First observation of Z-boson production via weak-boson fusion

10 September 2014 | By

Vector Boson Fusion. (Image: ATLAS Experiment/CERN)

The fusion of two weak bosons is an important process that can be used to probe the electroweak sector of the Standard Model. Measurements of Higgs production via weak-boson fusion are crucial for precise extraction of the Higgs-boson couplings and have the potential to help pin down the charge conjugation and parity of the Higgs boson. A similar process, weak-boson scattering, is sensitive to alternative electroweak symmetry-breaking models and to anomalous weak-boson gauge couplings. These processes are extremely rare and the experimental observation of the production of heavy bosons via weak-boson fusion has become possible only recently with the large centre-of-mass energy and luminosity provided by the LHC. Extracting the signals from the huge backgrounds in the high pile-up conditions at the LHC is a major challenge.

The dijet invariant-mass distribution in the signal-enhanced search region. (Image: ATLAS Experiment/CERN)

The production of a Z boson via weak-boson fusion (figure 1) is an excellent benchmark for these rare processes. Weak-boson fusion has the characteristic signature of two low-angle jets, one on each side of the detector. These "tagging" jets typically have transverse momentum of the order of the W mass, because they arise from quarks in each proton recoiling against the two W bosons that fuse to produce the Z boson. Another interesting feature is the lack of colour flow between the tagging jets, which means there is little hadronic activity in that region. These features have been exploited by the ATLAS collaboration to extract the purely electroweak contribution to Z-plus-two-jet production, which includes the weak-boson fusion process.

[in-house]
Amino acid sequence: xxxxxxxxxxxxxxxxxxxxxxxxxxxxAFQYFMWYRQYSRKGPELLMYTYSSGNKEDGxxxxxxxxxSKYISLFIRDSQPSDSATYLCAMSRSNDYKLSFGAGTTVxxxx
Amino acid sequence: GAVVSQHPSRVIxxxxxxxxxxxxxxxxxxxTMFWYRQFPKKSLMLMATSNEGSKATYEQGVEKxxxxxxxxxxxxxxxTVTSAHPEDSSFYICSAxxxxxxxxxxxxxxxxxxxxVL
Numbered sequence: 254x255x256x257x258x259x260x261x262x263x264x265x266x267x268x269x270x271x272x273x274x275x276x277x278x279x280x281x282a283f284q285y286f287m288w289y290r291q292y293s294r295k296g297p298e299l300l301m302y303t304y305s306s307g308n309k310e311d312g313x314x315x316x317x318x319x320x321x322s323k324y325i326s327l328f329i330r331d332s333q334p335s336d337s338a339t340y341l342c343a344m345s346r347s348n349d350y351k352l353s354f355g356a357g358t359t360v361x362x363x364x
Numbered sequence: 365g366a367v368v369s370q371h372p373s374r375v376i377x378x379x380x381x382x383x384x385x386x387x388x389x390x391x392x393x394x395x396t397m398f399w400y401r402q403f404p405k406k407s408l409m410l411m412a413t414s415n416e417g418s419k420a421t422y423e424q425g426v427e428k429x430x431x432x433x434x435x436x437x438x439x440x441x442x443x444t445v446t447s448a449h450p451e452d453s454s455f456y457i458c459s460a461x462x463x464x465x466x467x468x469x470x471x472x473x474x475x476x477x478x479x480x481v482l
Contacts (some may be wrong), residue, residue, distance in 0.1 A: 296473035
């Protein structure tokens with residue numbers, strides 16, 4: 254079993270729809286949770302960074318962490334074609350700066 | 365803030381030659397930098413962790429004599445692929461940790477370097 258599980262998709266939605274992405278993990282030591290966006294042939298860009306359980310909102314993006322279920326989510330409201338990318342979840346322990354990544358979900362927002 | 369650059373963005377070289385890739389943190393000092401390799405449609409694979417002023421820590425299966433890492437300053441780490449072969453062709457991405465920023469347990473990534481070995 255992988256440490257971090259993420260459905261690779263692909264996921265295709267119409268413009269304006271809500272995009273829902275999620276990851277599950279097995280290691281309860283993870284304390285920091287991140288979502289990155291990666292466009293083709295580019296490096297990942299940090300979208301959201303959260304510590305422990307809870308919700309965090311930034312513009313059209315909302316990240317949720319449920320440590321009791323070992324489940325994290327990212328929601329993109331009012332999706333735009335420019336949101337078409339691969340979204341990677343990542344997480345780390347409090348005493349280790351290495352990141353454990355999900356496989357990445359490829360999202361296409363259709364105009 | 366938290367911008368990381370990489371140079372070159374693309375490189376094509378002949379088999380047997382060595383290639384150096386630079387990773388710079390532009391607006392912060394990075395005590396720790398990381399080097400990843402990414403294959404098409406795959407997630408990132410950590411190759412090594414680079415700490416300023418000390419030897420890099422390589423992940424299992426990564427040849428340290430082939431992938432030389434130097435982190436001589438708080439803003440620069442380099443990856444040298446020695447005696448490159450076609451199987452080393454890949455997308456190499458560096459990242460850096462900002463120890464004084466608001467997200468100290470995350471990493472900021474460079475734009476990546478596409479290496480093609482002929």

The analysis was carried out using proton–proton collisions at a centre-of-mass energy of 8 TeV recorded by the ATLAS detector in 2012. Events containing a Z boson candidate in association with two high-transverse-momentum jets were selected in the e+e and μ+μ decay channels. The electroweak component was extracted by a fit to the dijet invariant mass spectrum in an electroweak-enhanced region that was defined, in part, by a veto on additional jet activity in the interval between the tagging jets. The background model was constrained using data in a signal-suppressed control region that was defined by reversing the jet-veto requirement. This data-driven constraint reduced the experimental and theoretical modelling uncertainties on the background model, allowing the electroweak signal to be extracted with a significance above the 5σ level. Figure 2 clearly demonstrates that the background-only model is inconsistent with the data in the electroweak-enhanced region. The cross-section measured for electroweak Z-plus-two-jet production, σ = 54.7±4.6 (stat.) +9.8–10.4 (syst.) ±1.5 (lumi.)fb, is in good agreement with the Standard Model prediction of 46.1±1.2 fb.